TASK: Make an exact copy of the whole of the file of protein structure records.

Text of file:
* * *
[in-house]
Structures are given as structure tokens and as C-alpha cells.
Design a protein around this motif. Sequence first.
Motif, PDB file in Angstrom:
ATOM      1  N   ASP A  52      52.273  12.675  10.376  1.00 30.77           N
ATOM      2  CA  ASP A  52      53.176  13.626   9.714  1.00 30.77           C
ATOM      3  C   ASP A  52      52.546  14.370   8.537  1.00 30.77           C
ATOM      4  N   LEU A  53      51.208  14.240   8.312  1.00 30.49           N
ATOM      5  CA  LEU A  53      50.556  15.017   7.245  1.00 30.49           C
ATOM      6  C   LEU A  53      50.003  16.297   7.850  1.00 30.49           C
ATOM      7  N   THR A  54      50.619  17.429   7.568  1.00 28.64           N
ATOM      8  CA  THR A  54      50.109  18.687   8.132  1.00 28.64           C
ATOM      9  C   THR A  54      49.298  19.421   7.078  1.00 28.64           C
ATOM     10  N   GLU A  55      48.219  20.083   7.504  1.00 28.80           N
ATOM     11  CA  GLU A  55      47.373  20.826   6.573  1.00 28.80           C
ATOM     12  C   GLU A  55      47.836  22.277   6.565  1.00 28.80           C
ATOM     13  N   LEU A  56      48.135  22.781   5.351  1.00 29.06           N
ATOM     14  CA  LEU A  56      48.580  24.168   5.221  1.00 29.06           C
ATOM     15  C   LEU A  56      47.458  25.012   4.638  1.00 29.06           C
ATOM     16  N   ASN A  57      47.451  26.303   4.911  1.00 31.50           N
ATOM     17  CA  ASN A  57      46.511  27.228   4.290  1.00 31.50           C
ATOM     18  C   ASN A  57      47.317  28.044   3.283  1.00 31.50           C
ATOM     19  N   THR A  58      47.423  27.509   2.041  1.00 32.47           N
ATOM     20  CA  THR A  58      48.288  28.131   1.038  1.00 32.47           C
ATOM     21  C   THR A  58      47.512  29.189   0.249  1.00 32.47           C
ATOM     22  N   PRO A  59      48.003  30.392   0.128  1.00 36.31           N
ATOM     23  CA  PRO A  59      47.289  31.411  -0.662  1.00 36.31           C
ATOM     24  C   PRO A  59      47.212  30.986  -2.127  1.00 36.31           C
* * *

[in-house]
Structures are given as structure tokens and as C-alpha cells.
Design a protein around this motif. Sequence first.
Motif, PDB file in Angstrom:
ATOM      1  N   ASP A  52      52.273  12.675  10.376  1.00 30.77           N
ATOM      2  CA  ASP A  52      53.176  13.626   9.714  1.00 30.77           C
ATOM      3  C   ASP A  52      52.546  14.370   8.537  1.00 30.77           C
ATOM      4  N   LEU A  53      51.208  14.240   8.312  1.00 30.49           N
ATOM      5  CA  LEU A  53      50.556  15.017   7.245  1.00 30.49           C
ATOM      6  C   LEU A  53      50.003  16.297   7.850  1.00 30.49           C
ATOM      7  N   THR A  54      50.619  17.429   7.568  1.00 28.64           N
ATOM      8  CA  THR A  54      50.109  18.687   8.132  1.00 28.64           C
ATOM      9  C   THR A  54      49.298  19.421   7.078  1.00 28.64           C
ATOM     10  N   GLU A  55      48.219  20.083   7.504  1.00 28.80           N
ATOM     11  CA  GLU A  55      47.373  20.826   6.573  1.00 28.80           C
ATOM     12  C   GLU A  55      47.836  22.277   6.565  1.00 28.80           C
ATOM     13  N   LEU A  56      48.135  22.781   5.351  1.00 29.06           N
ATOM     14  CA  LEU A  56      48.580  24.168   5.221  1.00 29.06           C
ATOM     15  C   LEU A  56      47.458  25.012   4.638  1.00 29.06           C
ATOM     16  N   ASN A  57      47.451  26.303   4.911  1.00 31.50           N
ATOM     17  CA  ASN A  57      46.511  27.228   4.290  1.00 31.50           C
ATOM     18  C   ASN A  57      47.317  28.044   3.283  1.00 31.50           C
ATOM     19  N   THR A  58      47.423  27.509   2.041  1.00 32.47           N
ATOM     20  CA  THR A  58      48.288  28.131   1.038  1.00 32.47           C
ATOM     21  C   THR A  58      47.512  29.189   0.249  1.00 32.47           C
ATOM     22  N   PRO A  59      48.003  30.392   0.128  1.00 36.31           N
ATOM     23  CA  PRO A  59      47.289  31.411  -0.662  1.00 36.31           C
ATOM     24  C   PRO A  59      47.212  30.986  -2.127  1.00 36.31           C